Social Psychiatry and Psychiatric Epidemiology

, Volume 39, Issue 5, pp 337–349

Schizophrenia and employment

A review
ORIGINAL PAPER

DOI: 10.1007/s00127-004-0762-4

Cite this article as:
Marwaha, S. & Johnson, S. Soc Psychiatry Psychiatr Epidemiol (2004) 39: 337. doi:10.1007/s00127-004-0762-4

Abstract.

Background:

Little is known about the extent to which work contributes to the recovery of people with schizophrenia. There is increasing interest in the subject because of new service models and the economic cost of unemployment in people with severe mental illness.

Methods:

A literature search was carried out with the aim of investigating: a) employment rates in schizophrenia and first-episode psychosis and the extent to which they have changed over time; b) the barriers to work; c) the factors associated with being employed among people with schizophrenia; and d) whether employment influences other outcomes in schizophrenia.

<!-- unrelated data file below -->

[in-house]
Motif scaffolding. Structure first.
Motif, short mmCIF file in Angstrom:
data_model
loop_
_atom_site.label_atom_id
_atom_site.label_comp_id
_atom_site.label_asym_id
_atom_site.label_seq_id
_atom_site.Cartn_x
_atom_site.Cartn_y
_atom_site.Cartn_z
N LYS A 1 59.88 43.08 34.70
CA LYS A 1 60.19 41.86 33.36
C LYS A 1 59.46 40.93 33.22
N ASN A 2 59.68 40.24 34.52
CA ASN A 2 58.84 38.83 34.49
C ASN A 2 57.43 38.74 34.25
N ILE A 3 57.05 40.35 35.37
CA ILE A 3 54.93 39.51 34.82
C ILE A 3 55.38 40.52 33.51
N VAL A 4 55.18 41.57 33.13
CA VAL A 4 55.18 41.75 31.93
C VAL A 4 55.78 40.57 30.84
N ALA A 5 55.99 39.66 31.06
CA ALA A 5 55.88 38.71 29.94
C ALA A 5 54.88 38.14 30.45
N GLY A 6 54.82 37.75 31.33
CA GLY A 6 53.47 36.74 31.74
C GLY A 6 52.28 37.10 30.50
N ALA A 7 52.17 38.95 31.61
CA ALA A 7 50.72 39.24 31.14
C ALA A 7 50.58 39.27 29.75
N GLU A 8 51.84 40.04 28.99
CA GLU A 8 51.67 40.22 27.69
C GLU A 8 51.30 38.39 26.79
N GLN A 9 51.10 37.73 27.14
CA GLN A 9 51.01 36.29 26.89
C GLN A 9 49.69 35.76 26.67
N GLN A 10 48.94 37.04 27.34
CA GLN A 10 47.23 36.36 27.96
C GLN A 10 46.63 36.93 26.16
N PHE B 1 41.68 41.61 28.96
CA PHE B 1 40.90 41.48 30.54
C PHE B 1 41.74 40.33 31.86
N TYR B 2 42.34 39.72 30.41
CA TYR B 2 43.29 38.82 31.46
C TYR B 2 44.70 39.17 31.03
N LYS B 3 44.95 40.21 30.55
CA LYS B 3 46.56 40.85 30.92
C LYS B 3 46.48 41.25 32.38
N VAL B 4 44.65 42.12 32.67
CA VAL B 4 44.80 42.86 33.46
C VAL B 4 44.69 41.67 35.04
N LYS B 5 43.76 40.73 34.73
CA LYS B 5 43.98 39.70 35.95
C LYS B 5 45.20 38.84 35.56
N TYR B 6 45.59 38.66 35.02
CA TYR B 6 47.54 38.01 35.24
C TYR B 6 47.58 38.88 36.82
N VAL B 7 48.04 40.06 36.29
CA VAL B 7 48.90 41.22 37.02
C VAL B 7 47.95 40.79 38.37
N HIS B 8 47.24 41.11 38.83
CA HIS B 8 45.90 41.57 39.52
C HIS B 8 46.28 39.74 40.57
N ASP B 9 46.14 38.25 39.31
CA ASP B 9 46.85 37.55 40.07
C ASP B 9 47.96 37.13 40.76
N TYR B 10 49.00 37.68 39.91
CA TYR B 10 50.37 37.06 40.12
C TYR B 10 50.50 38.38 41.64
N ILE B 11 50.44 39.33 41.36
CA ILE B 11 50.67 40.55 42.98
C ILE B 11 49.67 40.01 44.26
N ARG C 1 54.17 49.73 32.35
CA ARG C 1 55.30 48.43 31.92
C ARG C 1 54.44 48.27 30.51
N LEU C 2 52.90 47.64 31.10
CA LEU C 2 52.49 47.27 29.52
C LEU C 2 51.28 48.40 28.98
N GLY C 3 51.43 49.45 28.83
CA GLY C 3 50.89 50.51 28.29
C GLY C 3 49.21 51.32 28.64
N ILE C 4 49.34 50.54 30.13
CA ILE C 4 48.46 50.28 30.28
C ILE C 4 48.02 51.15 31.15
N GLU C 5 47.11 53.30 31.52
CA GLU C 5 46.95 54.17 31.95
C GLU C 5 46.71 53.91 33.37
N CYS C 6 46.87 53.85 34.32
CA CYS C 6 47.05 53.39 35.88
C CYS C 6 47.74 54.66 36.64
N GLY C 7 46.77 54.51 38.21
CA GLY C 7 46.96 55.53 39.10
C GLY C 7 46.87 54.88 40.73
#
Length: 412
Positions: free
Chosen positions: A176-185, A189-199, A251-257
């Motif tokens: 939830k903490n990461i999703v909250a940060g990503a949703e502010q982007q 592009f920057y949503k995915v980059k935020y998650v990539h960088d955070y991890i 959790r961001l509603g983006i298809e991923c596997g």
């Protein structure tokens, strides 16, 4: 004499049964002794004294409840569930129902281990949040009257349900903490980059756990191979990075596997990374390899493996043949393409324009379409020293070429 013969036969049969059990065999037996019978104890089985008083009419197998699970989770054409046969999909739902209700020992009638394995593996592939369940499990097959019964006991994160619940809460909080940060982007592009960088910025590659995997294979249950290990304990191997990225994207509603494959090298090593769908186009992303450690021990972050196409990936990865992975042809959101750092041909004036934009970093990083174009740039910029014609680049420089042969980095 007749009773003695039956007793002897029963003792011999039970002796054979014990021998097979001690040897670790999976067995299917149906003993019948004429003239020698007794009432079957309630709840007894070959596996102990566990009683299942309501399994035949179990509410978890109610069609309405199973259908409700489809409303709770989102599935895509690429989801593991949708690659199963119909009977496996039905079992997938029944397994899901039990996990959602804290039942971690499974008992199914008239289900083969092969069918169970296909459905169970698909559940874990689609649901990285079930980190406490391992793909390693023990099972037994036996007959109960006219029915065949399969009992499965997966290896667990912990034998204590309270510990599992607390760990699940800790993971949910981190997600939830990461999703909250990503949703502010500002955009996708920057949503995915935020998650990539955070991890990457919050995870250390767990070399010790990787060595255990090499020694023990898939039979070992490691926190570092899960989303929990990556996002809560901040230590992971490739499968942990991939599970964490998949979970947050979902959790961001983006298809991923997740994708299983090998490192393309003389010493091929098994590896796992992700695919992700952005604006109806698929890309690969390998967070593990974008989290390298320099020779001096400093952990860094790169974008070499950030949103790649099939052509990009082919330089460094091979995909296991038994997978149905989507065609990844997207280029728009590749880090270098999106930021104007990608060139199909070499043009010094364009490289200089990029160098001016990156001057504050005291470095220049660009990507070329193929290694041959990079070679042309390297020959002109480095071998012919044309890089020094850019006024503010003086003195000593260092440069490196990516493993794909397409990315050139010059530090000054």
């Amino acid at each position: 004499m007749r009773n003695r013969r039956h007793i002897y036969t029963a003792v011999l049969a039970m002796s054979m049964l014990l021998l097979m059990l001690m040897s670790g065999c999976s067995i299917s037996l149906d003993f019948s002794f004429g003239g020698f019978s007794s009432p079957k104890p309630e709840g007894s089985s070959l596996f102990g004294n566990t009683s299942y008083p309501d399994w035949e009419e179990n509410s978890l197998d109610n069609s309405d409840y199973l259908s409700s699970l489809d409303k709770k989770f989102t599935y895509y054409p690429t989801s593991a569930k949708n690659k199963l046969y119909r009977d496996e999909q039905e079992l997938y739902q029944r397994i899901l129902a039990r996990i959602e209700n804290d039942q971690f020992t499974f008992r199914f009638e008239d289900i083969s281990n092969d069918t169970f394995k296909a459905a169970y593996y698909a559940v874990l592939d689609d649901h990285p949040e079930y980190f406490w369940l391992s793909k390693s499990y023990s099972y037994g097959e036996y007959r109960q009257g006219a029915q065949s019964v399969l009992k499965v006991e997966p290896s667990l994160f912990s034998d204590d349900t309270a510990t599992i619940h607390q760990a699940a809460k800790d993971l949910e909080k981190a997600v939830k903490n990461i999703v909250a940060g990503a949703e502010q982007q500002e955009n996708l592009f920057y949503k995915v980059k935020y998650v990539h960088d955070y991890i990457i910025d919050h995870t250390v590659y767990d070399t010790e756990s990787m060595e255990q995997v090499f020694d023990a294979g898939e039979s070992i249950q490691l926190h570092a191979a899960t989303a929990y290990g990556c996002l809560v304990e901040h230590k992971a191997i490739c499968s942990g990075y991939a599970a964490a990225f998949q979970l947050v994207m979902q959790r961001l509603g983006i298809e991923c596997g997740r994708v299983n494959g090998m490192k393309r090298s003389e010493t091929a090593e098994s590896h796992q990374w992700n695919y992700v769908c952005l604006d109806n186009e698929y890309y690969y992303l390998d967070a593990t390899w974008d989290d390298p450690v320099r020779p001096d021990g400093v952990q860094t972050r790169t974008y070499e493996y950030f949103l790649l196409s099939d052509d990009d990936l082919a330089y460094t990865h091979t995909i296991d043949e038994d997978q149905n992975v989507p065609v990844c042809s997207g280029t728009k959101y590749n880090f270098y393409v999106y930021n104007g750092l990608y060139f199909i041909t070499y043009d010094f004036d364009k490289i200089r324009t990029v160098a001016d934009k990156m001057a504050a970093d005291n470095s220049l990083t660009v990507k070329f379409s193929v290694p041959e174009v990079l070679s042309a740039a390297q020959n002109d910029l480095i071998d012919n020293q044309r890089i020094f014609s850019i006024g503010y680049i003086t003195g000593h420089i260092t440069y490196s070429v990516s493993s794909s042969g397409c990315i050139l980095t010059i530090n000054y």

Results:

There are wide variations in reported employment rates in schizophrenia. Most recent European studies report rates between 10 % and 20%, while the rate in the US is less clear. There is a higher level of employment among first-episode patients. The employment rate in schizophrenia appears to have declined over the last 50 years in the UK. Barriers to getting employment include stigma,discrimination, fear of loss of benefits and a lack of appropriate professional help. The most consistent predictor of employment is previous work history. Working is correlated with positive outcomes in social functioning, symptom levels, quality of life and self esteem, but a clear causal relationship has not been established.

Conclusions:

Very low employment rates are not intrinsic to schizophrenia, but appear to reflect an interplay between the social and economic pressures that patients face, the labour market and psychological and social barriers to working.

Key words

schizophreniaemployment ratepredictorsbarriers

Copyright information

© Steinkopff Verlag 2004

Authors and Affiliations

  1. 1.Royal Free and University College London Medical Schools, Dept. of Psychiatry, Archway Campus, Holborn Union BuildingLondon, N19 5LWUK